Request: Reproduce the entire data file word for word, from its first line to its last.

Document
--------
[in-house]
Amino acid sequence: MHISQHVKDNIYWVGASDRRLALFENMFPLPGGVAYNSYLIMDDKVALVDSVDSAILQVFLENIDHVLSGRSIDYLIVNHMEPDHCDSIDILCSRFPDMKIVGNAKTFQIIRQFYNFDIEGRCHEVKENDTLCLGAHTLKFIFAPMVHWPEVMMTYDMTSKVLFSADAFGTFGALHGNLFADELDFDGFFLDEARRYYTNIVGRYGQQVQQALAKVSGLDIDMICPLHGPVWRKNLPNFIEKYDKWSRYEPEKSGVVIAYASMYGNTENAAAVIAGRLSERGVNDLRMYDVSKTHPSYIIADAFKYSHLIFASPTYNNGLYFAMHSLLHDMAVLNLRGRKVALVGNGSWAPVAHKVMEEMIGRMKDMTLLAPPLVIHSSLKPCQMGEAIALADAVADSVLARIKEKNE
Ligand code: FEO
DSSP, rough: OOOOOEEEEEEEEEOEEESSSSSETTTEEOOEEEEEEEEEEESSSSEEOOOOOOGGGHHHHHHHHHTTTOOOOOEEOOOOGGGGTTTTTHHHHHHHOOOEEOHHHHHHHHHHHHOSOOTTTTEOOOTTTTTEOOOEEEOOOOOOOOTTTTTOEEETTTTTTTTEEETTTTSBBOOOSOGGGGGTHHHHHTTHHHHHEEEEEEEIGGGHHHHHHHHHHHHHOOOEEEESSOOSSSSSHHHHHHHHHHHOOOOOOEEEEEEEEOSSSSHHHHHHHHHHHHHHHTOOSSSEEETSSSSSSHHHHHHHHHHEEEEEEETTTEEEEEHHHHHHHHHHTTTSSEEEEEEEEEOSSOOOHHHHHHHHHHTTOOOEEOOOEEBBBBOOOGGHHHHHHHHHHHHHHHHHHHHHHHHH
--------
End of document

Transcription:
[in-house]
Amino acid sequence: MHISQHVKDNIYWVGASDRRLALFENMFPLPGGVAYNSYLIMDDKVALVDSVDSAILQVFLENIDHVLSGRSIDYLIVNHMEPDHCDSIDILCSRFPDMKIVGNAKTFQIIRQFYNFDIEGRCHEVKENDTLCLGAHTLKFIFAPMVHWPEVMMTYDMTSKVLFSADAFGTFGALHGNLFADELDFDGFFLDEARRYYTNIVGRYGQQVQQALAKVSGLDIDMICPLHGPVWRKNLPNFIEKYDKWSRYEPEKSGVVIAYASMYGNTENAAAVIAGRLSERGVNDLRMYDVSKTHPSYIIADAFKYSHLIFASPTYNNGLYFAMHSLLHDMAVLNLRGRKVALVGNGSWAPVAHKVMEEMIGRMKDMTLLAPPLVIHSSLKPCQMGEAIALADAVADSVLARIKEKNE
Ligand code: FEO
DSSP, rough: OOOOOEEEEEEEEEOEEESSSSSETTTEEOOEEEEEEEEEEESSSSEEOOOOOOGGGHHHHHHHHHTTTOOOOOEEOOOOGGGGTTTTTHHHHHHHOOOEEOHHHHHHHHHHHHOSOOTTTTEOOOTTTTTEOOOEEEOOOOOOOOTTTTTOEEETTTTTTTTEEETTTTSBBOOOSOGGGGGTHHHHHTTHHHHHEEEEEEEIGGGHHHHHHHHHHHHHOOOEEEESSOOSSSSSHHHHHHHHHHHOOOOOOEEEEEEEEOSSSSHHHHHHHHHHHHHHHTOOSSSEEETSSSSSSHHHHHHHHHHEEEEEEETTTEEEEEHHHHHHHHHHTTTSSEEEEEEEEEOSSOOOHHHHHHHHHHTTOOOEEOOOEEBBBBOOOGGHHHHHHHHHHHHHHHHHHHHHHHHH